Nancy Hornberger (Postdoctoral 2018) was awarded an honorary doctorate in the Faculty of Arts in October 2018 from Umeå University, Sweden, in recognition of her work in Indigenous language revitalization. Since 2012, she has served as Visiting Professor to Umeå University’s Department of Language Studies, consulting and collaborating in the development of Sámi language teaching, teacher education, and research in support of Sámi Indigenous language revitalization. She will also be recognized at TESOL 2019 with the Charles A. Ferguson Award for Outstanding Scholarship from the Center for Applied Linguistics in Washington D.C.
Rosalind Horowitz, 1985-1988, served as Chair of The University of Texas at San Antonio newly formed Research and Development Committee of the College of Education and Human Development (COEHD) that prepared “An Assessment of COEHD Research Typologies, Productivity, Perceived Needs and Strategic Goals for 2018-2028”, a white paper for the University. Horowitz will also lead the College’s contributions to the 50th year anniversary celebration of the University. Horowitz serves on the UTSA Undergraduate Research and Scholarly Journal Editorial Board. She organized the Eighth Research Colloquium of the COEHD with presentations from faculty and doctoral students. Horowitz continues her work on oral and written discourse with global comparisons. She presented “The use of rhetorical structures in the creation of a spoken and written text. An historical perspective” at the Athens Institute for Education and Research, 20th Annual International Conference in Education, Athens, Greece in May 2018. Horowitz presented “Social-linguistic networks and formal written expression. Cross-national communication in a global world,” as an invited speaker on the Symposium on Global Issues of Language and Language Education, of the Comparative International of Educational Society, 62nd Annual Conference, entitled, Re-Mapping Global Education. South-North Dialogue, in Mexico City in March 2018. Horowitz continues her collaborations on Border Literacy by comparison of U.S.-Mexico youth literacies on the border in Laredo, Texas, with Kaye Academic College student literacies in Beersheba, on the Israeli border with Gaza. She has been a guest of the University of North Texas, Border Crossing Project, with Jalisco, Mexico constituencies.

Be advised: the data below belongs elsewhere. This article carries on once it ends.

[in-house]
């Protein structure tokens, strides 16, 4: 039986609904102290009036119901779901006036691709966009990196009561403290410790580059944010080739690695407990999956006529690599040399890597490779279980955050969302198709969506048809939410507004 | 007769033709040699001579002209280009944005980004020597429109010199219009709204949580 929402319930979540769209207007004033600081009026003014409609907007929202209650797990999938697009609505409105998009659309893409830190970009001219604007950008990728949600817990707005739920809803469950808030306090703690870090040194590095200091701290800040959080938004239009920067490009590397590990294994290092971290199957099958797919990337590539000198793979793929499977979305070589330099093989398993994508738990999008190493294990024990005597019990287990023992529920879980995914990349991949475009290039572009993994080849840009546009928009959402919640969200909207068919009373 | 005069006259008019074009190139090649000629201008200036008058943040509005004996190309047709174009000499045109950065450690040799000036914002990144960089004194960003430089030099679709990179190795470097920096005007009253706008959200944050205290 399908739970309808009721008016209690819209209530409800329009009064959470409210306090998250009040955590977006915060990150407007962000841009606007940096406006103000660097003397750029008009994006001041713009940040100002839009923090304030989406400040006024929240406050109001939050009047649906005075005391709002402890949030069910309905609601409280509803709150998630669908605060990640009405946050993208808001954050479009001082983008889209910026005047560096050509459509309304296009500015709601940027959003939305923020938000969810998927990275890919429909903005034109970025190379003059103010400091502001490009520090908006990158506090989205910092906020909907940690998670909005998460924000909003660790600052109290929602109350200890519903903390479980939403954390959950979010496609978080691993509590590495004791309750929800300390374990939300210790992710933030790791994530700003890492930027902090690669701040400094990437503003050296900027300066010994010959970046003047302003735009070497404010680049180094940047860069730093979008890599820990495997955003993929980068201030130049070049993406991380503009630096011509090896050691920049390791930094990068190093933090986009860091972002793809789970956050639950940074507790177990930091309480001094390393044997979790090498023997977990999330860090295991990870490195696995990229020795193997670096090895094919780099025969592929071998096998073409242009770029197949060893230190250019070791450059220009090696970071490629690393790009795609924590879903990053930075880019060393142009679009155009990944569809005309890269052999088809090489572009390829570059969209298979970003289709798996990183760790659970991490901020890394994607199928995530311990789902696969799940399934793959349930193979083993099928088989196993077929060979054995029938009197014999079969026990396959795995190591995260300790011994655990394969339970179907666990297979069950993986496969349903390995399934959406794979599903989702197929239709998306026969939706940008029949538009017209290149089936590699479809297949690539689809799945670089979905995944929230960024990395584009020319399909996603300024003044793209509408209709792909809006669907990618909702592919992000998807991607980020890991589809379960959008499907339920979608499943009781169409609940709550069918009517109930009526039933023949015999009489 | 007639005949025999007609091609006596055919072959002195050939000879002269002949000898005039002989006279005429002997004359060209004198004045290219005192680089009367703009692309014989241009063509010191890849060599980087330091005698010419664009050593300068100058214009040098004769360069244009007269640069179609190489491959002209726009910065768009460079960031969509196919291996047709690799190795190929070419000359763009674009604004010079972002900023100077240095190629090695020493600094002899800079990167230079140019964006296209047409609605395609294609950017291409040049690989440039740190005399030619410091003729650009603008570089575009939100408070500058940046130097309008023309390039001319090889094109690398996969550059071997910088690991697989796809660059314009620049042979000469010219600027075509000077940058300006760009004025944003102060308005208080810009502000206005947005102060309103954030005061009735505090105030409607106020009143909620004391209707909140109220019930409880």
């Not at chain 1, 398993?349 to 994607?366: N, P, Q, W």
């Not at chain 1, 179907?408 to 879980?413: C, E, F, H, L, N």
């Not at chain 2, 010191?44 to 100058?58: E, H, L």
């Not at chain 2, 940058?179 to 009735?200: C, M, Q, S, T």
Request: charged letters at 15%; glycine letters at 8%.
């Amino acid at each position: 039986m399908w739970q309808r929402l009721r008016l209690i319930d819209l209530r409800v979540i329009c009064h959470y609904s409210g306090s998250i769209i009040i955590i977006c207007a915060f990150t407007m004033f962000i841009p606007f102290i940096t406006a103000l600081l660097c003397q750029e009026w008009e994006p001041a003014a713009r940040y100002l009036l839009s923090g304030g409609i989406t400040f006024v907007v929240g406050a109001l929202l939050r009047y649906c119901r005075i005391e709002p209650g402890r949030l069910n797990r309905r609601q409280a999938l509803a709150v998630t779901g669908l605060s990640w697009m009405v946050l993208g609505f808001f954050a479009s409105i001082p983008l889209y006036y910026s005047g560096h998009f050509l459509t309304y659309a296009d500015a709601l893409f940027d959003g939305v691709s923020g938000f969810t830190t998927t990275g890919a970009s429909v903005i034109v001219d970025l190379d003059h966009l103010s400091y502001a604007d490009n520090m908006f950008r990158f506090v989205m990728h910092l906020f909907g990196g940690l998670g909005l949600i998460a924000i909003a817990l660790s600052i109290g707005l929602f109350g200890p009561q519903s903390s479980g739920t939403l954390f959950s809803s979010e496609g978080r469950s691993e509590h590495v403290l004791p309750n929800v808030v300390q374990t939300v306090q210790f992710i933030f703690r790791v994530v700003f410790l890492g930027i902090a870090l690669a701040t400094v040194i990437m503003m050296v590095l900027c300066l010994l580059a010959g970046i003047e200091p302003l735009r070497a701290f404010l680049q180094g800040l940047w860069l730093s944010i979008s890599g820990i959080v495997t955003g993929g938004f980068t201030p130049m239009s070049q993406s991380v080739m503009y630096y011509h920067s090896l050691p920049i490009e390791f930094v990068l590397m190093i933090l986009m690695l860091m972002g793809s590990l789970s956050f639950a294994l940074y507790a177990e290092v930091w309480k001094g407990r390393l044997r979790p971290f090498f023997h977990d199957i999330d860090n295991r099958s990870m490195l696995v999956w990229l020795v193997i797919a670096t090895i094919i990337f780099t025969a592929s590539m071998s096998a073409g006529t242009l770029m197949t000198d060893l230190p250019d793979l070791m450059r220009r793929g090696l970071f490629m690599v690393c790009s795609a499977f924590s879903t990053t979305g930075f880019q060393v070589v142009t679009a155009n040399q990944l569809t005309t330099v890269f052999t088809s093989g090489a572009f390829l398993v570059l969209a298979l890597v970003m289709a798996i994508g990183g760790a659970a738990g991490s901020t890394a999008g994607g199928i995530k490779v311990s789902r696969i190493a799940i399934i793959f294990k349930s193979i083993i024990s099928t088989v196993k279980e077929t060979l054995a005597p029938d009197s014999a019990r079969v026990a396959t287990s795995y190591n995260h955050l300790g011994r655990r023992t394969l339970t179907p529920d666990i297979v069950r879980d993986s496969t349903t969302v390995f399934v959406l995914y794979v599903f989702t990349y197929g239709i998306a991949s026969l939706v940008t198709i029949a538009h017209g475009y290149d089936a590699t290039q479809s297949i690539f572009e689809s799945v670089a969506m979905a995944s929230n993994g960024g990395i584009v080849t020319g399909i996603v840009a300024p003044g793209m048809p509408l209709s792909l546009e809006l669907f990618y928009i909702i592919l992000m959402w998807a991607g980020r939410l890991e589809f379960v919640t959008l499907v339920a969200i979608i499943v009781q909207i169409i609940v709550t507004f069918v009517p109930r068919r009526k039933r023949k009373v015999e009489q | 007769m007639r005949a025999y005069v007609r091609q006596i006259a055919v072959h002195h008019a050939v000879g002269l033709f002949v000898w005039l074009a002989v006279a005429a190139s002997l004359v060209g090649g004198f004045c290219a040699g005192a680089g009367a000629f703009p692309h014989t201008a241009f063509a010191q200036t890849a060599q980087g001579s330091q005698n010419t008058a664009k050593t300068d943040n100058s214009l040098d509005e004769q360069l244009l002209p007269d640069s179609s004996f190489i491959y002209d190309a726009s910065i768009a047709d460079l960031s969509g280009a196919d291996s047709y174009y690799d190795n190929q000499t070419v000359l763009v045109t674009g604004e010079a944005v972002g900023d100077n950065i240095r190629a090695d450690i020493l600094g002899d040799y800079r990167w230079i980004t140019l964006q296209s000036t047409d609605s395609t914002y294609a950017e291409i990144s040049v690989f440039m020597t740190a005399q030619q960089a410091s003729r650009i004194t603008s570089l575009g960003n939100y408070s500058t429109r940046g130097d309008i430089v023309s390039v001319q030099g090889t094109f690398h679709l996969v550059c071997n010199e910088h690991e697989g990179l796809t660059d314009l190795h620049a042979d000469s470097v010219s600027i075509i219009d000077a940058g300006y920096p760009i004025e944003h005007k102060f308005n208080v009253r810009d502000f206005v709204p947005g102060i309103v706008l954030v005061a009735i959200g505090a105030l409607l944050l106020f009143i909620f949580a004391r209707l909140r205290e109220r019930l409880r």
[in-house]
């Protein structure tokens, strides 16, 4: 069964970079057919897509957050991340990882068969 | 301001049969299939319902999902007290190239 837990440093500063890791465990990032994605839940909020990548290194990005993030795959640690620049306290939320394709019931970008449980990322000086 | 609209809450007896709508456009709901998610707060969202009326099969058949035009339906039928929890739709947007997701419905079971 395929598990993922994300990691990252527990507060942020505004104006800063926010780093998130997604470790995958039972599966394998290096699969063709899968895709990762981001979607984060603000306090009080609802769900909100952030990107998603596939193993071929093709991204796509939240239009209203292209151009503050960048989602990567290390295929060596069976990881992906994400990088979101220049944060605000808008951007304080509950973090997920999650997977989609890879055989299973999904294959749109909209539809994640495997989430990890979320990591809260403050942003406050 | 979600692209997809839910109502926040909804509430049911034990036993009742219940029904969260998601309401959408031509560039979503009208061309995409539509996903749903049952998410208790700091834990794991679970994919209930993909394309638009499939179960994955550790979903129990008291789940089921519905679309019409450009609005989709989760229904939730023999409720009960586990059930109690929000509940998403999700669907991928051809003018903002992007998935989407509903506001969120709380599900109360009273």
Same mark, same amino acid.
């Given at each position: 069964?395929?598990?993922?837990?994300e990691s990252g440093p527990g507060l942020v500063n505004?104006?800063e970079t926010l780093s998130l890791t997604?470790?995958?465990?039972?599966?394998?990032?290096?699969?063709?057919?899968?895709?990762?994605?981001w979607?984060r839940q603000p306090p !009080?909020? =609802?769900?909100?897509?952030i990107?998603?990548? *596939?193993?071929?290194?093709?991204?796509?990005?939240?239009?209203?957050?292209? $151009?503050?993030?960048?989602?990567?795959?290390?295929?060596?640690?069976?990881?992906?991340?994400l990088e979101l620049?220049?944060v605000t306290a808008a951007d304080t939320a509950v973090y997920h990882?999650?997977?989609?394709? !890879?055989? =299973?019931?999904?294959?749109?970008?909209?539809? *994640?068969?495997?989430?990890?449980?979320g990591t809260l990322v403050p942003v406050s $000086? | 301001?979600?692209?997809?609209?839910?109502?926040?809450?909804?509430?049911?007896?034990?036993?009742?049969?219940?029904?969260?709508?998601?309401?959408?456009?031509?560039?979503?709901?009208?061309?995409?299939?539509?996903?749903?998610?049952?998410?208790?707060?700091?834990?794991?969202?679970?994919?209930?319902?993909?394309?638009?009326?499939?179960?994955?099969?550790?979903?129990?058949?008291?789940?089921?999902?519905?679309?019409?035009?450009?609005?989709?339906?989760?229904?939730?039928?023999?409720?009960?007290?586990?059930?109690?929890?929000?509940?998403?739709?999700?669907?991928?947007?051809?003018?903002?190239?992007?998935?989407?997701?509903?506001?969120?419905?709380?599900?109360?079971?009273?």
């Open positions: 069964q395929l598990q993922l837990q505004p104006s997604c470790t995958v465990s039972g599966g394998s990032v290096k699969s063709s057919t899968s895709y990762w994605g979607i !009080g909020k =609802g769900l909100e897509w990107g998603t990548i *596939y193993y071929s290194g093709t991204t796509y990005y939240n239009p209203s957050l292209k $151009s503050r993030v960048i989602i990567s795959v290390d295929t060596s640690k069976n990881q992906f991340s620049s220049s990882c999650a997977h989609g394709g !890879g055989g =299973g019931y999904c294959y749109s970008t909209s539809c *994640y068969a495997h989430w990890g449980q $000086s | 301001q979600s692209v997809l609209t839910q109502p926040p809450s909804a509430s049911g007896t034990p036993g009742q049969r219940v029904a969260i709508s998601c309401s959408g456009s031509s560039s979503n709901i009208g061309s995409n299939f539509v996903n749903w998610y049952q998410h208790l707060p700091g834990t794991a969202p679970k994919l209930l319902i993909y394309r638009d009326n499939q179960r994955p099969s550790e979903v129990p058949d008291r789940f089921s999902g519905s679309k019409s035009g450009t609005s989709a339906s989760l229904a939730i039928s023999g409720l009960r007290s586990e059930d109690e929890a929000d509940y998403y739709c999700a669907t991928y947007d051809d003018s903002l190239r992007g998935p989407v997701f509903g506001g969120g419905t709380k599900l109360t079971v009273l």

Anthony M. Johnson (Dissertation 2016) published an article in December 2018 entitled “‘I Can Turn It on When I Need To’: Pre-college Integration, Culture, and Peer Academic Engagement among Black and Latino/a Engineering Students” in Sociology of Education (available online first). He is currently a Postdoctoral Fellow with the Inequality in America Initiative at Harvard University.
Anna Kaiper (Dissertation 2017) recently had an article published in UNESCO’s journal, International Review of Education. The citation is below:
Kaiper, A.(2018). “If you don’t have English, you’re just as good as a dead person”: A Narrative of Adult English Language Literacy Within Post-Apartheid South Africa. International Review of Education, 1-21.
Tami Katzir (Postdoctoral 2004) and her colleagues from Haifa University received the first large-scale federally funded reading intervention grants in Israel. The first grant (1.5 million NIS) examines the role of teacher training on reading comprehension of fourth and fifth-grade children. The second grant (1 million NIS) is the first to implement the RTI model in elementary school children in the country.